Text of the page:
Enterprise Hall, 318
April 28, 2005, 08:00 PM to 07:00 PM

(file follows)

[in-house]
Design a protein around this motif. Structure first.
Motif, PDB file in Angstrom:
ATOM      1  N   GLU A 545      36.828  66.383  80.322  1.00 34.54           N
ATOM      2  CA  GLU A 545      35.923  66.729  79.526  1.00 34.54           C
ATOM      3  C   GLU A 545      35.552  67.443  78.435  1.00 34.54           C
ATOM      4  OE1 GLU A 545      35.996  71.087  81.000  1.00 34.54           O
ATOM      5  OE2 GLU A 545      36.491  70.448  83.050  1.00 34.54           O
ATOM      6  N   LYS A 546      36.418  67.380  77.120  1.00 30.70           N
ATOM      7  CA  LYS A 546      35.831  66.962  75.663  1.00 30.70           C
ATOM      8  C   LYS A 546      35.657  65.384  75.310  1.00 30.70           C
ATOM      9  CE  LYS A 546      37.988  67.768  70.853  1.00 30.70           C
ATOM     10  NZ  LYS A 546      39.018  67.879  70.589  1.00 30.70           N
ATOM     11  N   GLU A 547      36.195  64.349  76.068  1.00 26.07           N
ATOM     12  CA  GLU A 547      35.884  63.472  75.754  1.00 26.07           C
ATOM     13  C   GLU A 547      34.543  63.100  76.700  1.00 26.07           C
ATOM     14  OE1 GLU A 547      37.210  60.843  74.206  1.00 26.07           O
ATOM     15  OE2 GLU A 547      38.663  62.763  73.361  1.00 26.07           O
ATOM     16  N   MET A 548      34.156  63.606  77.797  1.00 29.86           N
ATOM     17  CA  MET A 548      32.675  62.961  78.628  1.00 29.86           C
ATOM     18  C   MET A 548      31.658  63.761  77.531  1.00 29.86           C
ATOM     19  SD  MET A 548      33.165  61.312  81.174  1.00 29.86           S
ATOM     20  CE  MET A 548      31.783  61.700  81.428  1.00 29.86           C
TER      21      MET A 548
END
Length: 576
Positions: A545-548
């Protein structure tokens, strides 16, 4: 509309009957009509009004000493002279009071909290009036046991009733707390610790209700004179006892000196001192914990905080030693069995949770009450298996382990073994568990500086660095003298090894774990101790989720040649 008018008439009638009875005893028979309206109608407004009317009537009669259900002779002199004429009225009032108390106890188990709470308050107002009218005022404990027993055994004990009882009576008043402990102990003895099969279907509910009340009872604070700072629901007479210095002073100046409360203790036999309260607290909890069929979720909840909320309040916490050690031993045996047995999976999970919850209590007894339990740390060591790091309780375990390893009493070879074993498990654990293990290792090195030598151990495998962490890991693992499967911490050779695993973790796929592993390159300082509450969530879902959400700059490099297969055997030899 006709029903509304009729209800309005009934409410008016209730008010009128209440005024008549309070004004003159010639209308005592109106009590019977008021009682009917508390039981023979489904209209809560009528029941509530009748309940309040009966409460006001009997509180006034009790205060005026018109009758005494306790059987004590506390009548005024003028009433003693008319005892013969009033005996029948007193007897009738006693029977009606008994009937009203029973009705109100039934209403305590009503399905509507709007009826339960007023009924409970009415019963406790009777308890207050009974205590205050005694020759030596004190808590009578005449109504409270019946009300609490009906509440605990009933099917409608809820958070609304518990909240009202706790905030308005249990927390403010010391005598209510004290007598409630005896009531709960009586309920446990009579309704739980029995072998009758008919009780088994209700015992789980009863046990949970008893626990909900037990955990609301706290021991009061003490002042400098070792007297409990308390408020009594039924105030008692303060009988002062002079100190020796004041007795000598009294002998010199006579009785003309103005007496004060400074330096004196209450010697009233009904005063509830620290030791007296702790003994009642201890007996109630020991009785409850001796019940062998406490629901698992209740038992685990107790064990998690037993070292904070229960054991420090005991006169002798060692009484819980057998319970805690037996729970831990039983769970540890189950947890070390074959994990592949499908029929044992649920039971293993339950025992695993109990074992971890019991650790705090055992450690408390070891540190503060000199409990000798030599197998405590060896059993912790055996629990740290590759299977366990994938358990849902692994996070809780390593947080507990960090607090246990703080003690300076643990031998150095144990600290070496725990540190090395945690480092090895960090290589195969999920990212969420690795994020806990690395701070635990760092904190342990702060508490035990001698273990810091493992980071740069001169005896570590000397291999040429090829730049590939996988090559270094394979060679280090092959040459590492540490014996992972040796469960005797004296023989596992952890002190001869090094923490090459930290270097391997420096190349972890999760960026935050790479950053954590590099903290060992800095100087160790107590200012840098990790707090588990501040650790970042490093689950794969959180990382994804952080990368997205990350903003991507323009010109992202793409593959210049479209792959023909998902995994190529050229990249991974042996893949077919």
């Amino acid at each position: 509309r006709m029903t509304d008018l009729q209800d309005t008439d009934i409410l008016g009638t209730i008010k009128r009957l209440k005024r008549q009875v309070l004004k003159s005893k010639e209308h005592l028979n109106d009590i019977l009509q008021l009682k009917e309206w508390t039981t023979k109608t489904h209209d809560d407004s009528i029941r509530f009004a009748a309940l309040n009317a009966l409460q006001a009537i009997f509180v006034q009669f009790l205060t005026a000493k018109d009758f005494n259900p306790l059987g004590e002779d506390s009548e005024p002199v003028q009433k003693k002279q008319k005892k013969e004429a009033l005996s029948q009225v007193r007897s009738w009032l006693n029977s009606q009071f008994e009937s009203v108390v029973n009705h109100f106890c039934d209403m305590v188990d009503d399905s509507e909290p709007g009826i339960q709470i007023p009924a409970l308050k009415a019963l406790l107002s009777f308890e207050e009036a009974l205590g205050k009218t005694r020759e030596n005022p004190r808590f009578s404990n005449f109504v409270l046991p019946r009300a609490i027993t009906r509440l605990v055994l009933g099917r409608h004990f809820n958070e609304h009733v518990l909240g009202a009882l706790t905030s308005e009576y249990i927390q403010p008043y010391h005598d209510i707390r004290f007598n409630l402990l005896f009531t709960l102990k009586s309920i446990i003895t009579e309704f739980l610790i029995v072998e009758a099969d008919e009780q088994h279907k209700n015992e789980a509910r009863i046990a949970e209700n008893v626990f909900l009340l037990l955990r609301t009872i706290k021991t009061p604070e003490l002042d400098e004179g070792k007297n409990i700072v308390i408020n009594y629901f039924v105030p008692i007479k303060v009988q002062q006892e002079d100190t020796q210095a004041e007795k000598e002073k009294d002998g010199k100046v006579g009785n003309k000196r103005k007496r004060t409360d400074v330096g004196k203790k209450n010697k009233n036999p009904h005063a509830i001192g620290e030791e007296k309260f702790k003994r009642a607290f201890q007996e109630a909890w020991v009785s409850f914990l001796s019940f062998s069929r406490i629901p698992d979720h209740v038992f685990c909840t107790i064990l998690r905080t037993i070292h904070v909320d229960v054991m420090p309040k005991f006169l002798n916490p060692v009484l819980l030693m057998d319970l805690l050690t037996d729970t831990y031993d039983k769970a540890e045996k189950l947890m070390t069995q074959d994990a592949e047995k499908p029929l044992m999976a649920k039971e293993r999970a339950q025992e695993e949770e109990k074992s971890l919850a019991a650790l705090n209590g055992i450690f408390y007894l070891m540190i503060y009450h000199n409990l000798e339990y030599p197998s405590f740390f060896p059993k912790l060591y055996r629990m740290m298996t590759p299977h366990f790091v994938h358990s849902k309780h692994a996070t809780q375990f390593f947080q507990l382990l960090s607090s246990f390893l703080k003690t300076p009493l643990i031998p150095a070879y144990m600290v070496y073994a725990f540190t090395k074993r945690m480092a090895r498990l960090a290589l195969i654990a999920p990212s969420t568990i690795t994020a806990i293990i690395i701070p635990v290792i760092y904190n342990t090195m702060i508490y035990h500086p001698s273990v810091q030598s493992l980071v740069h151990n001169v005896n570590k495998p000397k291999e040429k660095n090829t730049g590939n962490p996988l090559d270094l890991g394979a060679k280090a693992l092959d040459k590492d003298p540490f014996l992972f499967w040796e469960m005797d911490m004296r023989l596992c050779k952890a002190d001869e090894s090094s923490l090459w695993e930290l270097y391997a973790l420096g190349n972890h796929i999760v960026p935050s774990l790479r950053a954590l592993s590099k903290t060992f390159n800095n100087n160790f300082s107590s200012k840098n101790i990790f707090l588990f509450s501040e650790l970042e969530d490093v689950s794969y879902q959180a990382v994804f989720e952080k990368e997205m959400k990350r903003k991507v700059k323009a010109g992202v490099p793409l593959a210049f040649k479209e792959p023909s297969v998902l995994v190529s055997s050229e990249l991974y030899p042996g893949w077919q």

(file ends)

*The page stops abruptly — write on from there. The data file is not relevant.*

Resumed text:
"These three essays focus on error in macroeconomic data as currently produced in the United States. The first examines why error is unavoidable, and why analysts using macroeconomic data must incorporate their own expectations of error in the data into their evaluations. The second dissects the structure and assembly of Gross Domestic Product, to better understand the causes of error. The third demonstrates that it is possible to develop rule-of-thumb estimates of error for GDP to assist in economic judgments. Using publicly available revisions, the minimum error in GDP is calculated to be |1|%, or about 35% of the average quarterly growth rate. Instead of converging to the ItrueO growth rate, the sequence of revisions appear to increasingly diverge from the initial IAdvanceO estimate. The methods used are unavoidably heterodox: a combination of analogy, straight-forward calculation, regression, and visualization. Stories about the demand, use, and quality of data in different disciplines frame and supplement explicit analysis of the source data, construction methods, and revision processes of GDP. "